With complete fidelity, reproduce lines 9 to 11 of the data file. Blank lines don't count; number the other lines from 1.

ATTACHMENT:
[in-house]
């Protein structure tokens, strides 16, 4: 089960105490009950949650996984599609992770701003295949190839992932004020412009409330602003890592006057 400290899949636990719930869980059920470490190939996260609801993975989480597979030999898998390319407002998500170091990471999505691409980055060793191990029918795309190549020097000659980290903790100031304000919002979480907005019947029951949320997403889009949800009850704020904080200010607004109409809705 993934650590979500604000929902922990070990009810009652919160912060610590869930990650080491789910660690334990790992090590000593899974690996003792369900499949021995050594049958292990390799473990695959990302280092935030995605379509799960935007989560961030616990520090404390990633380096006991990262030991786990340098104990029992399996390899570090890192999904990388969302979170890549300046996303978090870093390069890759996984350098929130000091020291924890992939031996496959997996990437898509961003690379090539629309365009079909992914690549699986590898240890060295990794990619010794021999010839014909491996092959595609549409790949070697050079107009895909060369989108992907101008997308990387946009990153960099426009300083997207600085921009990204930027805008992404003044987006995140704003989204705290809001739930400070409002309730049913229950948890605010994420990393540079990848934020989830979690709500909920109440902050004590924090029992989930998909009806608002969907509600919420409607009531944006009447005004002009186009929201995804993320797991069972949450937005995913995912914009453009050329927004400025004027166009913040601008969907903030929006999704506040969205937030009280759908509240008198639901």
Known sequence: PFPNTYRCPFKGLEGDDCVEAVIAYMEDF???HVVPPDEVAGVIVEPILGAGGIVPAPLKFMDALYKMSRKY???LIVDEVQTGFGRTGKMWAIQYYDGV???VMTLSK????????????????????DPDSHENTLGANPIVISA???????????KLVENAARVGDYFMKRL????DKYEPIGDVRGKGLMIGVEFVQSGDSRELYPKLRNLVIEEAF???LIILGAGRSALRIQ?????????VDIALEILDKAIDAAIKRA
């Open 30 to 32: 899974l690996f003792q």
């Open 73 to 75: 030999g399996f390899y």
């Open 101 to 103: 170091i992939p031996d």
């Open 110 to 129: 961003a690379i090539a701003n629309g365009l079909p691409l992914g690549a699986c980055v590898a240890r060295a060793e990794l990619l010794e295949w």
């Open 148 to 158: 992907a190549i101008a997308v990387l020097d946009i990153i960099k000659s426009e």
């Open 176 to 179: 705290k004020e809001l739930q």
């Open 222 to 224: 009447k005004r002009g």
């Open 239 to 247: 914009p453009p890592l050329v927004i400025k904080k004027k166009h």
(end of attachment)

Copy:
């Open 176 to 179: 705290k004020e809001l739930q």
């Open 222 to 224: 009447k005004r002009g």
């Open 239 to 247: 914009p453009p890592l050329v927004i400025k904080k004027k166009h």